The UK Financial Conduct Authority (FCA) has succeeded in its claim against Avacade Limited (Avacade) and others for providing pensions investment advice without the correct permissions. The case of Financial Conduct Authority v. Avacade Ltd (in liquidation) and others  EWHC 1673 (Ch) highlights the dangers for pension scheme members of following unregulated advice. From this case and a number of other FCA initiatives, it is clear that pensions continue to be an area of focus for the regulator.
Avacade’s business model involved contacting consumers with existing pensions and providing them with a report outlining alternative investment options which they may wish to pursue. This resulted in a number of consumers investing in self-invested personal pensions (SIPPs). While Avacade referred consumers to an independent financial adviser (IFA), investments were often made without consulting an IFA. Around £92 million was invested in the SIPPs and Avacade made a commission of approximately £11 million. Many of the underlying assets of the SIPPs are now in liquidation, rendering the consumers’ pensions essentially worthless.
The FCA brought a claim against Avacade, its directors and a separate company operating under a similar business model with two of the same directors. The FCA alleged that the defendants had: (i) carried out regulated investment activities (including advice) without permission; (ii) made unapproved financial promotions; and (iii) made false and misleading statements. Adam Johnson QC, acting as High Court Judge, found in the FCA’s favour on all three counts. The FCA’s press release on the case confirms that it will be seeking court orders preventing the defendants from carrying out authorised activities in the UK and determining the sums those parties should have to pay by way of restitution.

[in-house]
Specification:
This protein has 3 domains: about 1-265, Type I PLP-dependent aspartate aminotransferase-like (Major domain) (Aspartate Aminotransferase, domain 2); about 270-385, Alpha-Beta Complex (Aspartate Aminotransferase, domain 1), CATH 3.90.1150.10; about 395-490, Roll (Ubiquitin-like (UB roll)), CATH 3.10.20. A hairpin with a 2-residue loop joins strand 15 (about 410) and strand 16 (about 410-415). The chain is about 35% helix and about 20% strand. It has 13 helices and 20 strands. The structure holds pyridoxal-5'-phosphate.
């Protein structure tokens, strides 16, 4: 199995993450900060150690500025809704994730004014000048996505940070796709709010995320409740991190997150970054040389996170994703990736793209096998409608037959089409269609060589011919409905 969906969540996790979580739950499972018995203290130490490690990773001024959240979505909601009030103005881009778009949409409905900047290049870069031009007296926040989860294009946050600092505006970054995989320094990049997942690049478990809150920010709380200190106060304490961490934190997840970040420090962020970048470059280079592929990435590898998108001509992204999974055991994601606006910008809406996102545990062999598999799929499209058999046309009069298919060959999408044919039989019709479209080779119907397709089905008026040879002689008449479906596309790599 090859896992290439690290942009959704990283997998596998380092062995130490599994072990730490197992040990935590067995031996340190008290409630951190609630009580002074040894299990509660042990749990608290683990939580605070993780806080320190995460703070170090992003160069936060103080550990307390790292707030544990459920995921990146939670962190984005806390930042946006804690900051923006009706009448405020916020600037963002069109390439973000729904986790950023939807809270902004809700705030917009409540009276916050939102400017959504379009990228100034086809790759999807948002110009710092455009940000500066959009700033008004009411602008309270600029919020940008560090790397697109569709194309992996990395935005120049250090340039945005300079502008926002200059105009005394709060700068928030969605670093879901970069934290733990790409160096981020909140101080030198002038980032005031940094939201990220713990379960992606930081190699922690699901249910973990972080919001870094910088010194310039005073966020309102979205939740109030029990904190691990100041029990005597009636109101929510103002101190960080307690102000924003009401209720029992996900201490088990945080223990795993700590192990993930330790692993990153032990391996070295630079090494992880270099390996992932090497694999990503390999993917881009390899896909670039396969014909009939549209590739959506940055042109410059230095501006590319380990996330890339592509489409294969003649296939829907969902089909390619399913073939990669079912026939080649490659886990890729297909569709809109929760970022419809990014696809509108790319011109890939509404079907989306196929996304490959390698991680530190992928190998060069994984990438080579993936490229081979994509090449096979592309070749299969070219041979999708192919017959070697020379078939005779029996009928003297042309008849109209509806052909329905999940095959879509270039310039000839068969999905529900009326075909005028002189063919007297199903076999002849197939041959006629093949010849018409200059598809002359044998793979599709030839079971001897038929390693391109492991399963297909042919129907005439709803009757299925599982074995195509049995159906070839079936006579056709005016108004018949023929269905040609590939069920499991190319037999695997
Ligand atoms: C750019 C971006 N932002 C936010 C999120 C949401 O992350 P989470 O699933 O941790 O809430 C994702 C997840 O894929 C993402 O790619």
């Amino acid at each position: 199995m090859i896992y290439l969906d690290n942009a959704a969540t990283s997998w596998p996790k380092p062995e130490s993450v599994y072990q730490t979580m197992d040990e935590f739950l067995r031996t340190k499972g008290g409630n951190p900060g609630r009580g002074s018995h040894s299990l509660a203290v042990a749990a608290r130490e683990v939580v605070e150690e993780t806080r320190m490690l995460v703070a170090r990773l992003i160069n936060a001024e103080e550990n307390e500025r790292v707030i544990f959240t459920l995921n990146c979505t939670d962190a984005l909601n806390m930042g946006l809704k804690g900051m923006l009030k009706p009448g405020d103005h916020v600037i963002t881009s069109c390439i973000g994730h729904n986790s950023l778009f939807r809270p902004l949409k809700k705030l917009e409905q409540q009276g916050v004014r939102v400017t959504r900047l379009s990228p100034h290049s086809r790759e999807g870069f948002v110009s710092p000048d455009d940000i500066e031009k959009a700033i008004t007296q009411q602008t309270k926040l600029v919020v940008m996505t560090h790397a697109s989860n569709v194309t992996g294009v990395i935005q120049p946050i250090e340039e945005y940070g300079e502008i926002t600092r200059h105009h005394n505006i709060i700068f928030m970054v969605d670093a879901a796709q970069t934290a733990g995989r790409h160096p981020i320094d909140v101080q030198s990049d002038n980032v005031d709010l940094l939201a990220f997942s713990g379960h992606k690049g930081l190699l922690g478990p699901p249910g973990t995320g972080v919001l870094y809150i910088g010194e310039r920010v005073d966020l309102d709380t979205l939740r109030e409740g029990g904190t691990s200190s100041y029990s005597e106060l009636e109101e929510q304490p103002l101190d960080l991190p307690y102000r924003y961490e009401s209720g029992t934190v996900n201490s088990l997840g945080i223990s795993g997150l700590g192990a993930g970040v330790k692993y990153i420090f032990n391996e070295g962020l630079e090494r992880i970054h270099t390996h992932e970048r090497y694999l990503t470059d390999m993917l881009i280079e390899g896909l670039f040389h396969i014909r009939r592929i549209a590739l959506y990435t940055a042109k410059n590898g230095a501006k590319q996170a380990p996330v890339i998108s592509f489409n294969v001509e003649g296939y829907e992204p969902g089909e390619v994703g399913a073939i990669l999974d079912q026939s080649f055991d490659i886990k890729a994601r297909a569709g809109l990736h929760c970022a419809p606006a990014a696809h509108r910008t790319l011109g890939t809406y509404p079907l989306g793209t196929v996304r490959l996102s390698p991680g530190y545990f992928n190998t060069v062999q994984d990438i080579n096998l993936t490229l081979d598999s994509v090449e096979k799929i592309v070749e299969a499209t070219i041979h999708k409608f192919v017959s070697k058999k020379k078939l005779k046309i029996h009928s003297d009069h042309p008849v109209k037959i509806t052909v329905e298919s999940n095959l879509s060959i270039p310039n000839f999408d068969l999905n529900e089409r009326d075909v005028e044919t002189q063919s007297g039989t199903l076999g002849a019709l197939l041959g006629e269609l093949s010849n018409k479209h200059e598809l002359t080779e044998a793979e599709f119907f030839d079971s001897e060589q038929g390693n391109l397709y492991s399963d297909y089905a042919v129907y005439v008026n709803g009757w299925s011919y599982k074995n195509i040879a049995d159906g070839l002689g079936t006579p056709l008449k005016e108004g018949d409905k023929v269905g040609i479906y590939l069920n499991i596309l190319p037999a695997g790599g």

This case demonstrates the attention the FCA is placing on pensions, in particular on transfer advice and pensions scams. The cross-over between what the FCA and the UK Pensions Regulator (tPR) are doing in this space is particularly interesting. Protecting member outcomes is a clear focus for tPR and can be seen in a number of its current workstreams (not least the guidance it has issued for trustees to follow when members request a transfer).
It is clear that regulators across the board are taking these issues seriously and expect trustees, employers and other stakeholders to act positively to protect pension scheme members. Regulatory action will only increase as defined contribution pension schemes become more important going forwards. As a result of this, there will be a need for continuing cooperation between the FCA and tPR. To their credit, the two regulators launched a joint regulatory strategy in 2018 and have carried out a number of initiatives together already, including the successful TV, radio and online campaign about pensions scams. It is hoped the regulators will continue in a similar vein going forwards.